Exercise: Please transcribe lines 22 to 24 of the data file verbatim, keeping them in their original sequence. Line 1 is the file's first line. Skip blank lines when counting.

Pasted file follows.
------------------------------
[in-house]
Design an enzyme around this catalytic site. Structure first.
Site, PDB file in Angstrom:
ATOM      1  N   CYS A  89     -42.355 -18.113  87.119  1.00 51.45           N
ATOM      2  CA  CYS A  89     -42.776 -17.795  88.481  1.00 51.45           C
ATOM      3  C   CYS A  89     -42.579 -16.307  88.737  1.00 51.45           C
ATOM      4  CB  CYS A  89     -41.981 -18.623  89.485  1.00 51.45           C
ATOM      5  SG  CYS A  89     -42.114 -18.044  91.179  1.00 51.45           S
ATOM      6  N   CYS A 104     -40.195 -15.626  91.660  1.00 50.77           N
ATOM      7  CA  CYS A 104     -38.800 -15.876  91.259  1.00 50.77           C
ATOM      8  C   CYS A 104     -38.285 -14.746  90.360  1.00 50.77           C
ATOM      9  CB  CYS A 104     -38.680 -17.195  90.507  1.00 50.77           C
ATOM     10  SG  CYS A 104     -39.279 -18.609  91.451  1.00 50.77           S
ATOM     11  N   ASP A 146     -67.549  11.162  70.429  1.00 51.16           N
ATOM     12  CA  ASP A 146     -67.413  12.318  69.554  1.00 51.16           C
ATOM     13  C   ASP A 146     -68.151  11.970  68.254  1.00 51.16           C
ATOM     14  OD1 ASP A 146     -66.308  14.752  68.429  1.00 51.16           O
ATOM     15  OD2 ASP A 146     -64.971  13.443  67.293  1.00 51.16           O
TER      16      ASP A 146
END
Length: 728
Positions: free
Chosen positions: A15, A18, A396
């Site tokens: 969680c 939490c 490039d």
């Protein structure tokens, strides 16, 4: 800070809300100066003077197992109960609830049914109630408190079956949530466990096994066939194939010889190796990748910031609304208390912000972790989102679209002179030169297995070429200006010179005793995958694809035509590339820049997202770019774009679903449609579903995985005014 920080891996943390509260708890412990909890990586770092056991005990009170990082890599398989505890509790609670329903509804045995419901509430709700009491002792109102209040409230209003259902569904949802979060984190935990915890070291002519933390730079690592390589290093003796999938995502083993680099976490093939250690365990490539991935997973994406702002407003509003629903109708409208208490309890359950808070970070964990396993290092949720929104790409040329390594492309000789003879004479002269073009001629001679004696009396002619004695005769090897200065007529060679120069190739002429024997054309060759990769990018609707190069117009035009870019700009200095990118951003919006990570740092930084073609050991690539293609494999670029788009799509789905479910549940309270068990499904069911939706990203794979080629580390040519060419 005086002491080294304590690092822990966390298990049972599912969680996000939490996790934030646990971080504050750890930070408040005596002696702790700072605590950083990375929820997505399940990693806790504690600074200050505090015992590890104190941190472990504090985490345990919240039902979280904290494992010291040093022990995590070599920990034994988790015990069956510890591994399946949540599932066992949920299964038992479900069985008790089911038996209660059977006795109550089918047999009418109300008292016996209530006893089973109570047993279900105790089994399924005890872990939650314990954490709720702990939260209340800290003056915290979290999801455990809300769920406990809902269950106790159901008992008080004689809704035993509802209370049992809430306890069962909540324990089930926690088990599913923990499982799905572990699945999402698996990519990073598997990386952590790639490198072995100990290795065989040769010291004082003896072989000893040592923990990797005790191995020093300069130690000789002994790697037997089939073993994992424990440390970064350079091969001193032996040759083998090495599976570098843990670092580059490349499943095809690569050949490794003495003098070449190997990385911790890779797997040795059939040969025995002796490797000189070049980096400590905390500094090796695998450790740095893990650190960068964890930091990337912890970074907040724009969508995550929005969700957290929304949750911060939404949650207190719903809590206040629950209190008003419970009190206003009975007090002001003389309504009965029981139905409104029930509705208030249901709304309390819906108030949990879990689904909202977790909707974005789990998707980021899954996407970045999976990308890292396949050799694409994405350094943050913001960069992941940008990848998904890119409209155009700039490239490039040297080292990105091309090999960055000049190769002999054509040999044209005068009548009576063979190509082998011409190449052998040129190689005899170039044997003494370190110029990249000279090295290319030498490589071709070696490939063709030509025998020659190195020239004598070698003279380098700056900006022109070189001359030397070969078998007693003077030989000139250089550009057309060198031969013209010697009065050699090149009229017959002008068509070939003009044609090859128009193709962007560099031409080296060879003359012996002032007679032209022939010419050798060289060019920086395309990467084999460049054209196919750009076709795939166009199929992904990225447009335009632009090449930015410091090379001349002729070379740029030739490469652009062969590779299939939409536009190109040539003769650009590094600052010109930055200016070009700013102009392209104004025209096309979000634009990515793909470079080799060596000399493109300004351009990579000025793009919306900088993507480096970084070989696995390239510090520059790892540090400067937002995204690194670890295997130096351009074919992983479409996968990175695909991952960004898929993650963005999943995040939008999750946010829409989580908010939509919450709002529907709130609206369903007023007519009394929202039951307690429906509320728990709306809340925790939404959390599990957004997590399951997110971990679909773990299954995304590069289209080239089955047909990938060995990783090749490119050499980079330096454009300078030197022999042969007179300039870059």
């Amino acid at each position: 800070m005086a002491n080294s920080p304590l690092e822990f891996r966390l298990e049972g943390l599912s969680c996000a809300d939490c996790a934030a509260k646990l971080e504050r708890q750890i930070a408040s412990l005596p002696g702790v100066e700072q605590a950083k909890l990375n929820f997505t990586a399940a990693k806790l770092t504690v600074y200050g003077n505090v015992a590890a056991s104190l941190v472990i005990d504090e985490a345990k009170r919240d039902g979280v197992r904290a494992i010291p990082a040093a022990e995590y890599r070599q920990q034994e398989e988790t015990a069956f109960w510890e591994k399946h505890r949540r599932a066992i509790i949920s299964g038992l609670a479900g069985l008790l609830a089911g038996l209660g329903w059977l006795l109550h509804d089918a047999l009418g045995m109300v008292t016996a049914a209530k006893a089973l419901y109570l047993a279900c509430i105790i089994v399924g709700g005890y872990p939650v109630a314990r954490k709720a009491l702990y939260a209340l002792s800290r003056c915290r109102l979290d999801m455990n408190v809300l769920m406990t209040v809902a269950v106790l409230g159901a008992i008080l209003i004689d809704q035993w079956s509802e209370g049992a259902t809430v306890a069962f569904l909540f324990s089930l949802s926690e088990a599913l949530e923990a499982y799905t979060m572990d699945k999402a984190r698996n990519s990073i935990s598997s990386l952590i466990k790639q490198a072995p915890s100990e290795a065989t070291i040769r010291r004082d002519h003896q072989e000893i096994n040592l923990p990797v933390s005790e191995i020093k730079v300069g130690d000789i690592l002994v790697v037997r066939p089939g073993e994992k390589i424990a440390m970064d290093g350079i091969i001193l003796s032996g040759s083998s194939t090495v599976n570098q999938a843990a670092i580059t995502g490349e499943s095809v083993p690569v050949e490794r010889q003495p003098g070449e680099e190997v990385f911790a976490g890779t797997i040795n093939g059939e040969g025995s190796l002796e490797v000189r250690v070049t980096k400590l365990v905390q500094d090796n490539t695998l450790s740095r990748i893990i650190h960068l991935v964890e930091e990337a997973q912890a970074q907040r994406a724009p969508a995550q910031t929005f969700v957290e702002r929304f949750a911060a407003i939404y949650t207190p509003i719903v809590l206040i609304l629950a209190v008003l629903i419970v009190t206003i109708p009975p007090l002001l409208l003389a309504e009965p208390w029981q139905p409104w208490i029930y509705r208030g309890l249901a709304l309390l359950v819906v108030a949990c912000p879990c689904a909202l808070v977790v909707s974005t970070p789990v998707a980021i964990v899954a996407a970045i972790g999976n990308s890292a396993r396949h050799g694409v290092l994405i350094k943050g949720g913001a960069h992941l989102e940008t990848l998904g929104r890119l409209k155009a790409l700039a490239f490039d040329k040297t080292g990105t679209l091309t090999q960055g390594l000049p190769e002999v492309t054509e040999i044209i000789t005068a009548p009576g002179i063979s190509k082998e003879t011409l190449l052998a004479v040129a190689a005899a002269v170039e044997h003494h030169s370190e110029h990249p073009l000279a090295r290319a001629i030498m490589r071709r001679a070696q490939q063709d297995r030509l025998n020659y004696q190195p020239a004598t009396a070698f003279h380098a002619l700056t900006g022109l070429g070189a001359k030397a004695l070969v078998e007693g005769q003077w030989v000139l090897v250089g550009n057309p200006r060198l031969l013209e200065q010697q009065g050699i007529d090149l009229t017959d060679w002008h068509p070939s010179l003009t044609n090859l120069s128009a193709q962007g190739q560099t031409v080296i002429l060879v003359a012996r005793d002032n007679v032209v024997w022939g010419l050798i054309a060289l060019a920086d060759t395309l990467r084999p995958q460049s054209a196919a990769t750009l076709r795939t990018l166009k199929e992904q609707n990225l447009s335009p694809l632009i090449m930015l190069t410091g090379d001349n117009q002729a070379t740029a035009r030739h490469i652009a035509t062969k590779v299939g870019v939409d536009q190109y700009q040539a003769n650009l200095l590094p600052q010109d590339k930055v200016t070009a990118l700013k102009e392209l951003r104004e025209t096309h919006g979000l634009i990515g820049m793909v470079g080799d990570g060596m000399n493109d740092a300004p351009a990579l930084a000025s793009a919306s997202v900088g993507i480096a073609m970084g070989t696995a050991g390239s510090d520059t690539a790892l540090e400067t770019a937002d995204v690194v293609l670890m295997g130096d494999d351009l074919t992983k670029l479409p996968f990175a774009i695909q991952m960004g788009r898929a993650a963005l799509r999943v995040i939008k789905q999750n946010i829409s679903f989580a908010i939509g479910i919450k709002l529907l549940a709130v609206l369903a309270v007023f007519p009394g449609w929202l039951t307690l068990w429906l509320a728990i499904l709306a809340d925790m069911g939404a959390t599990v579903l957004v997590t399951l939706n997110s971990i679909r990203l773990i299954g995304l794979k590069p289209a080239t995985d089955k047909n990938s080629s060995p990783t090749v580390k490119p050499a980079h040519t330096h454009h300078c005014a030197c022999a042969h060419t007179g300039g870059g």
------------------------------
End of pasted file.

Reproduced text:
Positions: free
Chosen positions: A15, A18, A396
């Site tokens: 969680c 939490c 490039d």